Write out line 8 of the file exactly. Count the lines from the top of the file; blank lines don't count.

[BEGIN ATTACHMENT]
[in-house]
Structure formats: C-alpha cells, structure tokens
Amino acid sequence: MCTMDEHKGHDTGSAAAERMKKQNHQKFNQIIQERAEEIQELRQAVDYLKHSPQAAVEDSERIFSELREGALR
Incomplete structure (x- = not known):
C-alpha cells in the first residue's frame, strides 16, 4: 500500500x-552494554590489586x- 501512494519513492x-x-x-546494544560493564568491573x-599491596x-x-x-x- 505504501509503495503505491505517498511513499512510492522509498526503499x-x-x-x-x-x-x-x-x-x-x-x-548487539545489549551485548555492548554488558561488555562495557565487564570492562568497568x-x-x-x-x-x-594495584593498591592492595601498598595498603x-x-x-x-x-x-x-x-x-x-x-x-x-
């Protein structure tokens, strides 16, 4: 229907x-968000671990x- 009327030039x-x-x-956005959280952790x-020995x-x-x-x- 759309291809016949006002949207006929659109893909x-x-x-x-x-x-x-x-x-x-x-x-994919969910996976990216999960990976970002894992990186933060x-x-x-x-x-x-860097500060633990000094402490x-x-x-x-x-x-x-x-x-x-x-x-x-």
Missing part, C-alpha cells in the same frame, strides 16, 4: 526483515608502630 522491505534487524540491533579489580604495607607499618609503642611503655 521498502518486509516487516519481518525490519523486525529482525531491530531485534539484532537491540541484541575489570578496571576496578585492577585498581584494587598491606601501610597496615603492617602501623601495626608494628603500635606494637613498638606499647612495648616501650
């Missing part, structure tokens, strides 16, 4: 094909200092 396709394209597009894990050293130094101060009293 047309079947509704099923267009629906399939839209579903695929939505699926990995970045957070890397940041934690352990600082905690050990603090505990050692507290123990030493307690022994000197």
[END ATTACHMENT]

């Missing part, structure tokens, strides 16, 4: 094909200092 396709394209597009894990050293130094101060009293 047309079947509704099923267009629906399939839209579903695929939505699926990995970045957070890397940041934690352990600082905690050990603090505990050692507290123990030493307690022994000197």